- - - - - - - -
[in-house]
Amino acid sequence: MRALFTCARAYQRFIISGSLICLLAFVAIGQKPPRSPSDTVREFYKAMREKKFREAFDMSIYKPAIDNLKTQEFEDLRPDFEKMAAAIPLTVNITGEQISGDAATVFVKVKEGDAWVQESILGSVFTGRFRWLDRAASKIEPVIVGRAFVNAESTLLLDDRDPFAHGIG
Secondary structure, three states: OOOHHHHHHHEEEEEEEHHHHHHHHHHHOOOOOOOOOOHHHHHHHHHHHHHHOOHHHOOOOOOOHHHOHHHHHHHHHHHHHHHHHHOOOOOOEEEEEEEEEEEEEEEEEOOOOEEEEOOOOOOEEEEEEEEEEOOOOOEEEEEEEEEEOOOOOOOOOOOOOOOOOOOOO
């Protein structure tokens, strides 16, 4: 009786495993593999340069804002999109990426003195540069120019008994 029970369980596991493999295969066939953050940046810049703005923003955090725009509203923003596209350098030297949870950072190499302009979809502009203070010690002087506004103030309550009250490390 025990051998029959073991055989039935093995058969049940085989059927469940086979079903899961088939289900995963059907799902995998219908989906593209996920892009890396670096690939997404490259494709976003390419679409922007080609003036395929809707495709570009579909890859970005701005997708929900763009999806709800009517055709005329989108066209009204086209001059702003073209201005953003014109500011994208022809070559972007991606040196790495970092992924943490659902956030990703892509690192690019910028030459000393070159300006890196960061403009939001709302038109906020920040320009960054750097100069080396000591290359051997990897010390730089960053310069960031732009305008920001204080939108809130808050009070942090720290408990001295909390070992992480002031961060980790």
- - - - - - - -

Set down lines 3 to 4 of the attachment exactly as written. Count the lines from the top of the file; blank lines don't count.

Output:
Secondary structure, three states: OOOHHHHHHHEEEEEEEHHHHHHHHHHHOOOOOOOOOOHHHHHHHHHHHHHHOOHHHOOOOOOOHHHOHHHHHHHHHHHHHHHHHHOOOOOOEEEEEEEEEEEEEEEEEOOOOEEEEOOOOOOEEEEEEEEEEOOOOOEEEEEEEEEEOOOOOOOOOOOOOOOOOOOOO
């Protein structure tokens, strides 16, 4: 009786495993593999340069804002999109990426003195540069120019008994 029970369980596991493999295969066939953050940046810049703005923003955090725009509203923003596209350098030297949870950072190499302009979809502009203070010690002087506004103030309550009250490390 025990051998029959073991055989039935093995058969049940085989059927469940086979079903899961088939289900995963059907799902995998219908989906593209996920892009890396670096690939997404490259494709976003390419679409922007080609003036395929809707495709570009579909890859970005701005997708929900763009999806709800009517055709005329989108066209009204086209001059702003073209201005953003014109500011994208022809070559972007991606040196790495970092992924943490659902956030990703892509690192690019910028030459000393070159300006890196960061403009939001709302038109906020920040320009960054750097100069080396000591290359051997990897010390730089960053310069960031732009305008920001204080939108809130808050009070942090720290408990001295909390070992992480002031961060980790």